For the last year, I've been building a list of copywriters, advertisers, and marketers. During that time, I have sent my members 88 emails. I track the open rates for every email I send to see which subject lines do the best.
Why do I do this?
Simply because it helps me to know how to write better subject lines in the future, not only for me, but also for the clients who hire me to write sales copy for them.
A little background: I do my best to keep all my emails focused on subject matter I know would interest my readers. If I do not, people will start unsubscribing like crazy. My readers come to me for information about direct response copywriting, not about, let's say. . . spirituality.
Well, here's the thing. I'm a spiritual guy. And a firestorm erupted on a blog where I had posted a comment about a sensitive spiritual issue. I wanted my readers to see what had happened. And I wanted them to see a “more human, less business" side of me.
Anyway, as I was thinking about how I would write this email, and how I would communicate its uniqueness in the subject line, I came up with what I thought would work well.
Turns out, it worked great!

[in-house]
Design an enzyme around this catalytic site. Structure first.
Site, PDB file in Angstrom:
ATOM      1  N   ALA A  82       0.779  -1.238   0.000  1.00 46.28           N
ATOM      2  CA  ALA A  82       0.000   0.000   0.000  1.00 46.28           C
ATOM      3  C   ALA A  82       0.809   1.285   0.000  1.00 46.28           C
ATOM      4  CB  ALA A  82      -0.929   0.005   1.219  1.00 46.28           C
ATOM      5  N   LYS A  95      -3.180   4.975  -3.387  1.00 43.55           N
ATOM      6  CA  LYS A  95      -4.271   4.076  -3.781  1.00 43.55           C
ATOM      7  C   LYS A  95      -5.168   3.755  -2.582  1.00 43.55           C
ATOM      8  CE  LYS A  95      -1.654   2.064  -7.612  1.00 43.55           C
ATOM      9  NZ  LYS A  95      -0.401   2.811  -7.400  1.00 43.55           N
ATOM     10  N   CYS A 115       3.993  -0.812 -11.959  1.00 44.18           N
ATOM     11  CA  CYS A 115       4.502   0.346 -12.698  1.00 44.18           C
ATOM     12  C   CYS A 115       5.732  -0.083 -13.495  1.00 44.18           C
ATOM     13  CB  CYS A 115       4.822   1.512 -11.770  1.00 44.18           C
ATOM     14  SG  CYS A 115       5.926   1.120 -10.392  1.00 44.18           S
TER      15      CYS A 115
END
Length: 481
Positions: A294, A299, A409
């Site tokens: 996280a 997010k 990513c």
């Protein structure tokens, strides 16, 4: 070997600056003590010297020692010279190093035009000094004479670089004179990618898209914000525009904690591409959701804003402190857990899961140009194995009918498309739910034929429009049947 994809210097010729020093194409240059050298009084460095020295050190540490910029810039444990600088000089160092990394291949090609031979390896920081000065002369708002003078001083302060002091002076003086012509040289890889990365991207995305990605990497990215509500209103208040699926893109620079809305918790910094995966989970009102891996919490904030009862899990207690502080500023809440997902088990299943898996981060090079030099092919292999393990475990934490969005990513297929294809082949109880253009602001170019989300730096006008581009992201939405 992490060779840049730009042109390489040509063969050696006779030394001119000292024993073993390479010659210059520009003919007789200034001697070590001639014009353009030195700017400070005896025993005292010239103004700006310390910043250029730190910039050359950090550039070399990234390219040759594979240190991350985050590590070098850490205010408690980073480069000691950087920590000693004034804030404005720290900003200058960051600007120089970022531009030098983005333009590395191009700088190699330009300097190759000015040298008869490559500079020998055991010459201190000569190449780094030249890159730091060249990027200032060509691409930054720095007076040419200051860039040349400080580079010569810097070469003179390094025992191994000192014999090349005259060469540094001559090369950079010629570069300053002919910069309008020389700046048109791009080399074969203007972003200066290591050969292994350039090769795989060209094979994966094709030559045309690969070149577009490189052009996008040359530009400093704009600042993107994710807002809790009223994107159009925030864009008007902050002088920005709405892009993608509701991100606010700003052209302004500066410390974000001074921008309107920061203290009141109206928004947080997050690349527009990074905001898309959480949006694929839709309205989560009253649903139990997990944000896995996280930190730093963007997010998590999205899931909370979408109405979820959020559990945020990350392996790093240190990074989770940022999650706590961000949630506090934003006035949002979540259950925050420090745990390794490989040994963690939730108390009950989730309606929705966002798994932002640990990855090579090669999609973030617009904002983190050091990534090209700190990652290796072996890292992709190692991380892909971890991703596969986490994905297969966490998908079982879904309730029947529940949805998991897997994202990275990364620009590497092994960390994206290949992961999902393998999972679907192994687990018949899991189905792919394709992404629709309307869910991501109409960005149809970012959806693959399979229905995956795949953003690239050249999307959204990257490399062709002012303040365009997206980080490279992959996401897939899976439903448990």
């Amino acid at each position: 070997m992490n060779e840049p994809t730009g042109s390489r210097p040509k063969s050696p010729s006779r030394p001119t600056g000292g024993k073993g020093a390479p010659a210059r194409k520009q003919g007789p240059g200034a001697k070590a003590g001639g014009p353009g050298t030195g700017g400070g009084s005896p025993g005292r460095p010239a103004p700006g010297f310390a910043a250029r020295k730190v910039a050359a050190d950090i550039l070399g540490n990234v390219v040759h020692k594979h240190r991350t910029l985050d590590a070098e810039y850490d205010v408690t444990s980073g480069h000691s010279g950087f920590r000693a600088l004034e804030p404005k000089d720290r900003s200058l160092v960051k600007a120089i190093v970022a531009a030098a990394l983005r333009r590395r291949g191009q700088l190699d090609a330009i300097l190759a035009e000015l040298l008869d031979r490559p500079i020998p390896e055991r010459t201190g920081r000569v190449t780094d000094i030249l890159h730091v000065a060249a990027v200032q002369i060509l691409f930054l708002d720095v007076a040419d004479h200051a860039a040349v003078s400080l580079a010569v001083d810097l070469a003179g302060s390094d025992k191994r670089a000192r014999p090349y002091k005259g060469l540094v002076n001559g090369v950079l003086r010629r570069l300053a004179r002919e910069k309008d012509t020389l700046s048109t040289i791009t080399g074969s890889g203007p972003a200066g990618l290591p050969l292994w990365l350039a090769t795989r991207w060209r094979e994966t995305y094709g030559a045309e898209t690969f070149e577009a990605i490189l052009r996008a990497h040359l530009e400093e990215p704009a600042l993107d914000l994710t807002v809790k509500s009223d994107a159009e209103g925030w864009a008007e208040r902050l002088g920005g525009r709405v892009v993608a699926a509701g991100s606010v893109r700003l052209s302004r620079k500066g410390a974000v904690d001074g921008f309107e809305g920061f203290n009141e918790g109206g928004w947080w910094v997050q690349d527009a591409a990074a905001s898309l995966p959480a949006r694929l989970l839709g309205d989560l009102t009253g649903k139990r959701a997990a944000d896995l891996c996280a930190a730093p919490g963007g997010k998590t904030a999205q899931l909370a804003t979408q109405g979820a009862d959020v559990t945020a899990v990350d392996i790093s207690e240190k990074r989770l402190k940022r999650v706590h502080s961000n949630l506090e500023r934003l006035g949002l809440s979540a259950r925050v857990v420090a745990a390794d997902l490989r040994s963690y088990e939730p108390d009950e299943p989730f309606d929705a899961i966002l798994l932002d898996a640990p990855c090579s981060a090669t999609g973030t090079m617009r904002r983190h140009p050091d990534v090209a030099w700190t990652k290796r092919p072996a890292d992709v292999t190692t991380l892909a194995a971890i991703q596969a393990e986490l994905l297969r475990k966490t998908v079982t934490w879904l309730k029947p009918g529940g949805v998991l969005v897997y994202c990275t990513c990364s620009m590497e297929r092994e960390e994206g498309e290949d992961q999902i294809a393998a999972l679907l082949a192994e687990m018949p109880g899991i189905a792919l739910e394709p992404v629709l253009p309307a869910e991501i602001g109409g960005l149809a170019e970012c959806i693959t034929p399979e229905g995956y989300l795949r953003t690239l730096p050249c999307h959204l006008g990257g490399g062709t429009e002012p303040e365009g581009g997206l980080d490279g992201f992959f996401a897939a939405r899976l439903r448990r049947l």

Out of the 88 emails I've sent, it got double the open rate of almost every single one, with few exceptions. What's more, it got 62% more opens than the best subject line I had written up to that point.
The irony of it all is that I wasn't promoting anything whatsoever. I wasn't even promoting my own blog!
So what was the subject line? Here it is: a most Unusual & Odd request
A couple things about this subject line.
- The use of lowercase words and the ampersand (&) increases the email's “inbox visibility. "
- People want to read things that are out of the ordinary. The subject line clearly communicates this.
Just so you know the results I got are not a fluke, I used it in an autoresponder I created for a client of mine. He reported back that it was getting an unusually high number of opens and replies. People were reading the email and then responding with personal notes!
Anyway, you might try using this subject line at some point. Or perhaps use the same concept with a twist. I think you'll be happy with the results.
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